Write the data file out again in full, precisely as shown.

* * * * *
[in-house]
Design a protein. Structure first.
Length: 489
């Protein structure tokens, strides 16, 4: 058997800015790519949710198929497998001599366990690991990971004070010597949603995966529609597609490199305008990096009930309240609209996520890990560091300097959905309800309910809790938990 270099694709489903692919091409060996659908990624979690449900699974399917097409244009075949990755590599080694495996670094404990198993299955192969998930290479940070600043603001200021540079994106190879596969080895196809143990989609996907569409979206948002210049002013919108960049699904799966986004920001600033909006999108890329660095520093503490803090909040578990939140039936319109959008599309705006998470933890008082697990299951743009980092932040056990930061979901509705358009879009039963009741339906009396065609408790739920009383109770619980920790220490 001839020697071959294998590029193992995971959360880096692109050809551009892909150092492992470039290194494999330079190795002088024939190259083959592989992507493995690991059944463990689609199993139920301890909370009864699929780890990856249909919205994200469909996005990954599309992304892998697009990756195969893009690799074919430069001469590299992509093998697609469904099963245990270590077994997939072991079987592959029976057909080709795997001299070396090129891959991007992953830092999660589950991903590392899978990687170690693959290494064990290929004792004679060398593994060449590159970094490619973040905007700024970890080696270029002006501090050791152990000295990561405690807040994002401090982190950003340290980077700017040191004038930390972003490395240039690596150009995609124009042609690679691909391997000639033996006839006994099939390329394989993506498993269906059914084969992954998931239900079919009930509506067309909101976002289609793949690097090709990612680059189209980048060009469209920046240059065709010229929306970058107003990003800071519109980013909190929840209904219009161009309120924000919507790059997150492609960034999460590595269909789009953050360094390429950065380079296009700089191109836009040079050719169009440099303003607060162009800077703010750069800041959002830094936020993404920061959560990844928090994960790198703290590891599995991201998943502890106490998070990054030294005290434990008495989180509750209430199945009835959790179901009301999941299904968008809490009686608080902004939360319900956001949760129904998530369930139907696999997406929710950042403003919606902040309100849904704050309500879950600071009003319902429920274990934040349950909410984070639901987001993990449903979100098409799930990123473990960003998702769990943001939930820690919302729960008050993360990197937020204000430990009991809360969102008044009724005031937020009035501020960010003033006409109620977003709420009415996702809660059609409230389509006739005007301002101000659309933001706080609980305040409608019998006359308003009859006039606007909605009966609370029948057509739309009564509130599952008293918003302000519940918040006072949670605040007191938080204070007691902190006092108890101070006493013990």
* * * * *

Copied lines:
[in-house]
Design a protein. Structure first.
Length: 489
């Protein structure tokens, strides 16, 4: 058997800015790519949710198929497998001599366990690991990971004070010597949603995966529609597609490199305008990096009930309240609209996520890990560091300097959905309800309910809790938990 270099694709489903692919091409060996659908990624979690449900699974399917097409244009075949990755590599080694495996670094404990198993299955192969998930290479940070600043603001200021540079994106190879596969080895196809143990989609996907569409979206948002210049002013919108960049699904799966986004920001600033909006999108890329660095520093503490803090909040578990939140039936319109959008599309705006998470933890008082697990299951743009980092932040056990930061979901509705358009879009039963009741339906009396065609408790739920009383109770619980920790220490 001839020697071959294998590029193992995971959360880096692109050809551009892909150092492992470039290194494999330079190795002088024939190259083959592989992507493995690991059944463990689609199993139920301890909370009864699929780890990856249909919205994200469909996005990954599309992304892998697009990756195969893009690799074919430069001469590299992509093998697609469904099963245990270590077994997939072991079987592959029976057909080709795997001299070396090129891959991007992953830092999660589950991903590392899978990687170690693959290494064990290929004792004679060398593994060449590159970094490619973040905007700024970890080696270029002006501090050791152990000295990561405690807040994002401090982190950003340290980077700017040191004038930390972003490395240039690596150009995609124009042609690679691909391997000639033996006839006994099939390329394989993506498993269906059914084969992954998931239900079919009930509506067309909101976002289609793949690097090709990612680059189209980048060009469209920046240059065709010229929306970058107003990003800071519109980013909190929840209904219009161009309120924000919507790059997150492609960034999460590595269909789009953050360094390429950065380079296009700089191109836009040079050719169009440099303003607060162009800077703010750069800041959002830094936020993404920061959560990844928090994960790198703290590891599995991201998943502890106490998070990054030294005290434990008495989180509750209430199945009835959790179901009301999941299904968008809490009686608080902004939360319900956001949760129904998530369930139907696999997406929710950042403003919606902040309100849904704050309500879950600071009003319902429920274990934040349950909410984070639901987001993990449903979100098409799930990123473990960003998702769990943001939930820690919302729960008050993360990197937020204000430990009991809360969102008044009724005031937020009035501020960010003033006409109620977003709420009415996702809660059609409230389509006739005007301002101000659309933001706080609980305040409608019998006359308003009859006039606007909605009966609370029948057509739309009564509130599952008293918003302000519940918040006072949670605040007191938080204070007691902190006092108890101070006493013990």